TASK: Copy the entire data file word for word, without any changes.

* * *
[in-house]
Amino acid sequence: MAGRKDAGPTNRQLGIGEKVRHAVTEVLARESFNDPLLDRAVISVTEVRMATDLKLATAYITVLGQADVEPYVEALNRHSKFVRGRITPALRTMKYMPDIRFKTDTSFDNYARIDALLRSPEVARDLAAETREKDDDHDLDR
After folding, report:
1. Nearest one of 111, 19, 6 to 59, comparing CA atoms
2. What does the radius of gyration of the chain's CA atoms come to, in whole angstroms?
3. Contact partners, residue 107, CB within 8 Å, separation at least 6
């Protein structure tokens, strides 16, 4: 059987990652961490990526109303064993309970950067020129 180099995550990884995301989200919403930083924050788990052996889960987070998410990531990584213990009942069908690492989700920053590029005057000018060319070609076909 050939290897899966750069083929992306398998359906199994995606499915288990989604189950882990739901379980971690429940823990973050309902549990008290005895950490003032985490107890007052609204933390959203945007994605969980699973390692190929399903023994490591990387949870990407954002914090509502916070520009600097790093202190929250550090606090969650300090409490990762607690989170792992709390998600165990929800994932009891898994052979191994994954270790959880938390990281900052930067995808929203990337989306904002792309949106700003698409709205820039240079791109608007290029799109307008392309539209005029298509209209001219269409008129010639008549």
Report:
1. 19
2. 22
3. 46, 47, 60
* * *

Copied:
[in-house]
Amino acid sequence: MAGRKDAGPTNRQLGIGEKVRHAVTEVLARESFNDPLLDRAVISVTEVRMATDLKLATAYITVLGQADVEPYVEALNRHSKFVRGRITPALRTMKYMPDIRFKTDTSFDNYARIDALLRSPEVARDLAAETREKDDDHDLDR
After folding, report:
1. Nearest one of 111, 19, 6 to 59, comparing CA atoms
2. What does the radius of gyration of the chain's CA atoms come to, in whole angstroms?
3. Contact partners, residue 107, CB within 8 Å, separation at least 6
């Protein structure tokens, strides 16, 4: 059987990652961490990526109303064993309970950067020129 180099995550990884995301989200919403930083924050788990052996889960987070998410990531990584213990009942069908690492989700920053590029005057000018060319070609076909 050939290897899966750069083929992306398998359906199994995606499915288990989604189950882990739901379980971690429940823990973050309902549990008290005895950490003032985490107890007052609204933390959203945007994605969980699973390692190929399903023994490591990387949870990407954002914090509502916070520009600097790093202190929250550090606090969650300090409490990762607690989170792992709390998600165990929800994932009891898994052979191994994954270790959880938390990281900052930067995808929203990337989306904002792309949106700003698409709205820039240079791109608007290029799109307008392309539209005029298509209209001219269409008129010639008549």
Report:
1. 19
2. 22
3. 46, 47, 60